Syria defied international calls to halt attacks on rebel enclaves as 89 people were killed nationwide Saturday on the eve of a constitutional referendum that the opposition sees as a ploy by President Bashar Assad.
Assad presented the revised charter -- which allows for a theoretical opening of the country's political system -- as an effort to placate critics and quell the 11-month uprising.
But the vote is unlikely to end a new round of international condemnation and calls that Assad give up power.
The new charter would create a multiparty system in Syria, which has been ruled by the same family dynasty since Assad's father Hafez seized power in a coup in 1963.
But after months of bloodshed, Assad's opponents say the referendum and other promises of reform are not enough and called for a boycott of the vote.
Assad was roundly criticized Friday at a major international conference on the Syrian crisis in Tunisia, where U.S., European and Arab officials began planning a civilian peacekeeping mission to deploy after the regime falls.
President Obama said Friday of Assad's rule: "It is time for that regime to move on."
Saturday, Turkish Foreign Minister Ahmet Davutoglu said Assad's crackdown belied promised reforms. "That kind of logic unfortunately renders any kind of reform meaningless," he said. "To fight on the one hand with your people and then to claim that there is reform is contradictory."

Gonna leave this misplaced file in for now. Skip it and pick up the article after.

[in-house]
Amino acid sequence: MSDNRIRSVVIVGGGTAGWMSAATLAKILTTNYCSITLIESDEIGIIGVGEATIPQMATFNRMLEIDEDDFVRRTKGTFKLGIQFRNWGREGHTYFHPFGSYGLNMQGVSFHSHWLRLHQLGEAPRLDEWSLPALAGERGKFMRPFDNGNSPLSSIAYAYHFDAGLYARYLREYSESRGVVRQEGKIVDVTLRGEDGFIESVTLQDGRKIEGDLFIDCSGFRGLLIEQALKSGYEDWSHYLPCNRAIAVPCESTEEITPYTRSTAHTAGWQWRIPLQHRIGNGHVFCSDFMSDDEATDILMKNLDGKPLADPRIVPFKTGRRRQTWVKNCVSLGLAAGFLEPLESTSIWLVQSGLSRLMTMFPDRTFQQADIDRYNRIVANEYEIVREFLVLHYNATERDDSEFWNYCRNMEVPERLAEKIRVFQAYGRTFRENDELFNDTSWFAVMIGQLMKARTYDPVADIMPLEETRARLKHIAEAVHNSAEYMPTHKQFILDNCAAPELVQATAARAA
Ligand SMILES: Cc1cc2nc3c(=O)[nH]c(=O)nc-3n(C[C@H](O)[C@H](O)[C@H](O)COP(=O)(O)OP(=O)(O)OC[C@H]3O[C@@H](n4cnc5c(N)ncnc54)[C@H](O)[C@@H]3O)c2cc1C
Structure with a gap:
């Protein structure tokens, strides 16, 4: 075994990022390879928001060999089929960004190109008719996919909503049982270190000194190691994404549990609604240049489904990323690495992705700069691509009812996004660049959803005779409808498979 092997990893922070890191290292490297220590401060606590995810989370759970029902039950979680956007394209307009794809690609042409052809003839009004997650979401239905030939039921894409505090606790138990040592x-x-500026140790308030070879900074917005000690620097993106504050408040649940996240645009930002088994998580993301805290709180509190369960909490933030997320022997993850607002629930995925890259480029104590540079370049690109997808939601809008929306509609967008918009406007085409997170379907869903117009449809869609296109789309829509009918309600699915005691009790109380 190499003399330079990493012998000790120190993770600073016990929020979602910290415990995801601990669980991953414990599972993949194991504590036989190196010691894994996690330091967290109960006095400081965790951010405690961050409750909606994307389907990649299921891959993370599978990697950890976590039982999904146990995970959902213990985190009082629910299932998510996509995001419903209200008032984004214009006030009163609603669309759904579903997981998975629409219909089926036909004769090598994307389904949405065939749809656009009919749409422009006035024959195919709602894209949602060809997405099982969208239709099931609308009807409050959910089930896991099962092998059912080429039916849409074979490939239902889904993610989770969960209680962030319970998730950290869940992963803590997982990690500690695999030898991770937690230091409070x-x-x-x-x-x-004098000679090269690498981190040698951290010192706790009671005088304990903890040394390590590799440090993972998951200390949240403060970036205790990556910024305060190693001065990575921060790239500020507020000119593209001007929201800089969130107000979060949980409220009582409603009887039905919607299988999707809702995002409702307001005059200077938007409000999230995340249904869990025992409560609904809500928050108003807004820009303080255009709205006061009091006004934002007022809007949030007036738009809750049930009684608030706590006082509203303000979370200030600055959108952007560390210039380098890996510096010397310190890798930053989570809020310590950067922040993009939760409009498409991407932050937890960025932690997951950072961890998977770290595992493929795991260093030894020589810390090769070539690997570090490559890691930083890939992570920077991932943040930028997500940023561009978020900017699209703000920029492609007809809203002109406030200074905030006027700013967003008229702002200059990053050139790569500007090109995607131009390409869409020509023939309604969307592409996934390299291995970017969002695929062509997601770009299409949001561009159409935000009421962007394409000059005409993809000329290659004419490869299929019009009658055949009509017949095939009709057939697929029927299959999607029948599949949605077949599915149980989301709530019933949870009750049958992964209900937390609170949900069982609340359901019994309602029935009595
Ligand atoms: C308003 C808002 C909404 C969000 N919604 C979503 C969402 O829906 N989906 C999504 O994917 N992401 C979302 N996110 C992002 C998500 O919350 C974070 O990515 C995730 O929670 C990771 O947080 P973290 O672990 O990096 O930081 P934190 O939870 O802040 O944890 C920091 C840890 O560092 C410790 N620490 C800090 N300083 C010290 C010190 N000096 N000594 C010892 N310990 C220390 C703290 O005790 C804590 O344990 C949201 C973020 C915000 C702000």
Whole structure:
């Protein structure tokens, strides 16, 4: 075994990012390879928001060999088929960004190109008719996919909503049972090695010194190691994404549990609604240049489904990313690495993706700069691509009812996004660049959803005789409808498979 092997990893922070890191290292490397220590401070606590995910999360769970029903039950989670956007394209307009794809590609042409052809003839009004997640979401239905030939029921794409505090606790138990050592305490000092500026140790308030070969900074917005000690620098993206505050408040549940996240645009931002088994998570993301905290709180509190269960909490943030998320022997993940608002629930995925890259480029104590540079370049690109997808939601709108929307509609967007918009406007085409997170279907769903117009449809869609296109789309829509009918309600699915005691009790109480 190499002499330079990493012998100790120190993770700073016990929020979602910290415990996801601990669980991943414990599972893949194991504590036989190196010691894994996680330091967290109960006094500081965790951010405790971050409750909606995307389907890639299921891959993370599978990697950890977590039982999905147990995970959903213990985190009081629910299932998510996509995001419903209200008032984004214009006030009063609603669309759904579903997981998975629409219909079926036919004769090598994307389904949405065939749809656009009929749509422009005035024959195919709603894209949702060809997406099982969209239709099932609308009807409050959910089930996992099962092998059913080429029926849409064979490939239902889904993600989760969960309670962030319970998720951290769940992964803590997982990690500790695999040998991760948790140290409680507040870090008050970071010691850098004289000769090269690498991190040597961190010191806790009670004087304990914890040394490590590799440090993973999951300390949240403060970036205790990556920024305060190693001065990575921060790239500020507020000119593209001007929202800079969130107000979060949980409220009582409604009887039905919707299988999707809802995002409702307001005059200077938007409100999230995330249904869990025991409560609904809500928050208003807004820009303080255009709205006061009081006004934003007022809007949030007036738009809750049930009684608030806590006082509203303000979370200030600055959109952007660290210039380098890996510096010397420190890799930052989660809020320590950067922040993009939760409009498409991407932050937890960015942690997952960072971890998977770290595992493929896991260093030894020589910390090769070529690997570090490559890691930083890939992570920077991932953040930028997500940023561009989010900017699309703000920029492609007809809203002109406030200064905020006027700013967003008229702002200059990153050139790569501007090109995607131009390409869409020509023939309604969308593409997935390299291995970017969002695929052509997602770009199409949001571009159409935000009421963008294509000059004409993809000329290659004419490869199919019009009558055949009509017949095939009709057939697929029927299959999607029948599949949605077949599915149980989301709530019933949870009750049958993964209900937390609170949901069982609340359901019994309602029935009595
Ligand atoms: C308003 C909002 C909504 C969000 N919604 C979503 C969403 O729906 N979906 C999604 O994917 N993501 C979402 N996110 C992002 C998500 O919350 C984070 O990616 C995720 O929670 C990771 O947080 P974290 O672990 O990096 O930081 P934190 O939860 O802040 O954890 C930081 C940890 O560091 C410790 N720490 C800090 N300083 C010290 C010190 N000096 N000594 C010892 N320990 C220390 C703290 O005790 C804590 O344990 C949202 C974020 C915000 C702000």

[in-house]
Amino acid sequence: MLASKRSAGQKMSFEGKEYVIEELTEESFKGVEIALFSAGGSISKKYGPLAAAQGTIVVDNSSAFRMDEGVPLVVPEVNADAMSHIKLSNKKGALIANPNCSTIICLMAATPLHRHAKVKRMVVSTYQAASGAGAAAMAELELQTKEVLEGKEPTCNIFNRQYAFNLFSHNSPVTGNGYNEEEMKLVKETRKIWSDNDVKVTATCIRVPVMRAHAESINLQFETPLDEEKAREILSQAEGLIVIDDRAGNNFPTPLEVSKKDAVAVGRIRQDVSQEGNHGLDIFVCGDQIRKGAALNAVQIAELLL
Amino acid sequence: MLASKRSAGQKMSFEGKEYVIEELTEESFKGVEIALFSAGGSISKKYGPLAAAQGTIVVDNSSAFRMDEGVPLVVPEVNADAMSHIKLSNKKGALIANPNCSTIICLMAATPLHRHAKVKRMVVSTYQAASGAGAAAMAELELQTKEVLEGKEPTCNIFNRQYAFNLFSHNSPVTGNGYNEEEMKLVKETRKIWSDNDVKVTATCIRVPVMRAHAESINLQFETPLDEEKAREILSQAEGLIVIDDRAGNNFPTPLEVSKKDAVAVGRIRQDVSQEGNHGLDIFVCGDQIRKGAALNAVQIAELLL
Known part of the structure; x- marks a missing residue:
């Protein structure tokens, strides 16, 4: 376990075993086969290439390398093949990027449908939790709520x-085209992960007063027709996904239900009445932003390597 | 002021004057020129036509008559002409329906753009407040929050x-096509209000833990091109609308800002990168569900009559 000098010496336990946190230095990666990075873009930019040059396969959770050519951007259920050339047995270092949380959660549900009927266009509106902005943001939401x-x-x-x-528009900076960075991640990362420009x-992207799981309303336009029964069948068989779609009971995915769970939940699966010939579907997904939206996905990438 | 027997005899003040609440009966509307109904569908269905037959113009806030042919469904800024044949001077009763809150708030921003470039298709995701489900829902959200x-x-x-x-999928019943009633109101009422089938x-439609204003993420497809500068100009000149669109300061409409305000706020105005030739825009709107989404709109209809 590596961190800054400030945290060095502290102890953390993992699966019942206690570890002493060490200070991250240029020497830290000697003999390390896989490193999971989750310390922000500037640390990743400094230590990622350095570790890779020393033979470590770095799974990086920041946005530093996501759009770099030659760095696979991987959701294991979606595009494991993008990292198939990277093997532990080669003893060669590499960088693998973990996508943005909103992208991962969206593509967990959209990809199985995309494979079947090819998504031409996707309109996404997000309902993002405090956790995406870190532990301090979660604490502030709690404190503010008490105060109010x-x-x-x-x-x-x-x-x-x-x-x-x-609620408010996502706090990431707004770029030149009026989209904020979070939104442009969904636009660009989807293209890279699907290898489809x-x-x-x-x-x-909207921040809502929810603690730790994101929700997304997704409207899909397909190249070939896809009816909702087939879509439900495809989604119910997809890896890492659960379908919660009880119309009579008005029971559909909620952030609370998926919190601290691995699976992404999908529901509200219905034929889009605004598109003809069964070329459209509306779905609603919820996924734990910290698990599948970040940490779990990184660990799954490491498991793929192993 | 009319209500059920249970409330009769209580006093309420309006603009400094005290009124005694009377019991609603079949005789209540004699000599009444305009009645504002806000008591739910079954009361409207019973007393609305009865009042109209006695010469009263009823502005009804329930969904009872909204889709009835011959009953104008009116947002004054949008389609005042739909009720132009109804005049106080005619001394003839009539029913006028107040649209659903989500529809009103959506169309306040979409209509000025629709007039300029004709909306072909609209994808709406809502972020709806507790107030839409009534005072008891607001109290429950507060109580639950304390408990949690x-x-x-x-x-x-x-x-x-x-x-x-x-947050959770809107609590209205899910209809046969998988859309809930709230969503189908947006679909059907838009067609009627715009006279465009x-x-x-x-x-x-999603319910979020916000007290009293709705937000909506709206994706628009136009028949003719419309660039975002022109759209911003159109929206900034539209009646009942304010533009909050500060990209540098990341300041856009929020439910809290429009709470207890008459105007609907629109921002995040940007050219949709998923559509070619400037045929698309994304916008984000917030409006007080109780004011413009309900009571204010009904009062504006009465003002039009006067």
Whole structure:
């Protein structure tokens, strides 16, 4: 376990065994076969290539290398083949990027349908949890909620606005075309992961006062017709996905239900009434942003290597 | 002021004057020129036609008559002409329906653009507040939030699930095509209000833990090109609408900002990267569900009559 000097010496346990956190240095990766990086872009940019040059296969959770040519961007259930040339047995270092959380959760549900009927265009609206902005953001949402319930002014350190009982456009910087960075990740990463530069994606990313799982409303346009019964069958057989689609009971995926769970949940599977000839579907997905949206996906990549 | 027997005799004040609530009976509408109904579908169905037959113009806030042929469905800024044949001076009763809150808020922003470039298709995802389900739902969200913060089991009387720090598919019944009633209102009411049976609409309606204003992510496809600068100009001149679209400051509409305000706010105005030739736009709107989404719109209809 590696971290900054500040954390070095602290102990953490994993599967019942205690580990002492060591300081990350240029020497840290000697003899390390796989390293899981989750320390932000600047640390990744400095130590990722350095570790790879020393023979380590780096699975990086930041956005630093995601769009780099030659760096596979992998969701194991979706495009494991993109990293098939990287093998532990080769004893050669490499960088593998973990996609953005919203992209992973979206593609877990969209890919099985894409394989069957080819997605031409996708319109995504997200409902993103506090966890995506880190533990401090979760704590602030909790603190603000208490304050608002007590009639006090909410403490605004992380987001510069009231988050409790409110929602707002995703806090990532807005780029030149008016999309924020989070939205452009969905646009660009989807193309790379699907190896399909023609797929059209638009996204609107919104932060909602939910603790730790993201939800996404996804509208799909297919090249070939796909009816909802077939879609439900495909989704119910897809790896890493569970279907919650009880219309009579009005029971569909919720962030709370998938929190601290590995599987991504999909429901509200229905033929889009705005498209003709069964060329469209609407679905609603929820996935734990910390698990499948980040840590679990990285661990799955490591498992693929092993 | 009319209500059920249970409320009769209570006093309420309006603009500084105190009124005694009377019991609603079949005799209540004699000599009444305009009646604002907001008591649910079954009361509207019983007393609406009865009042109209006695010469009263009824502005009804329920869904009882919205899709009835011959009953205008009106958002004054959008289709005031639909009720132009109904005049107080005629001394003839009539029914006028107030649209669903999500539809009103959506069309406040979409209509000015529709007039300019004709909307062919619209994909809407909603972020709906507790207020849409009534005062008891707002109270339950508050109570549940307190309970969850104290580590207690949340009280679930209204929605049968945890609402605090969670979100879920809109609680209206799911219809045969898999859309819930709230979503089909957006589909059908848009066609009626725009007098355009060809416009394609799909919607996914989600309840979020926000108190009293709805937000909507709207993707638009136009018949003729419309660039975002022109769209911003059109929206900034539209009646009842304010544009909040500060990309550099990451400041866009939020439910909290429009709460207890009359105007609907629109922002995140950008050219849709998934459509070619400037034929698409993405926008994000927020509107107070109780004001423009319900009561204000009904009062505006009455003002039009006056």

Still, Assad enjoys substantial support in many parts of the country. Some have benefited from his policies, others fear chaos or civil war if he falls.
In the capital Damascus, where Assad retains support among religious minorities and the business class, many said they were eager to vote.
But the suggestion of political reform led by Assad's regime rang hollow in many regions, where government security forces continued their deadly crackdown on rebels. The violence could prevent the vote taking place nationwide.
An activist in a neighborhood in the central city of Homs that government forces have besieged and shelled daily for one month laughed when asked about the vote.
"How can they ask us to talk about a new constitution when they are shelling our neighborhood?" said Abu Mohammed Ibrahim from the embattled neighborhood of Baba Amr via Skype. "They are hitting us with all types of weapons. What constitution? What referendum?"
The regime's relentless assault on Homs, which has emerged as the heart of the anti-Assad revolt, entered its fourth week with government shelling killing at least 19 people Saturday.
The dead included citizen journalist Anas al-Tarshi, who filmed attacks and people killed in Homs to post on activists websites.
A spokesman for the International Committee of the Red Cross said the local chapter was not able to enter the area Saturday to evacuate wounded Syrians, two injured foreign journalists and the bodies of two others killed by government rockets this week.
American correspondent Marie Colvin and French photojournalist Remi Ochlik were killed Wednesday by shelling in Homs.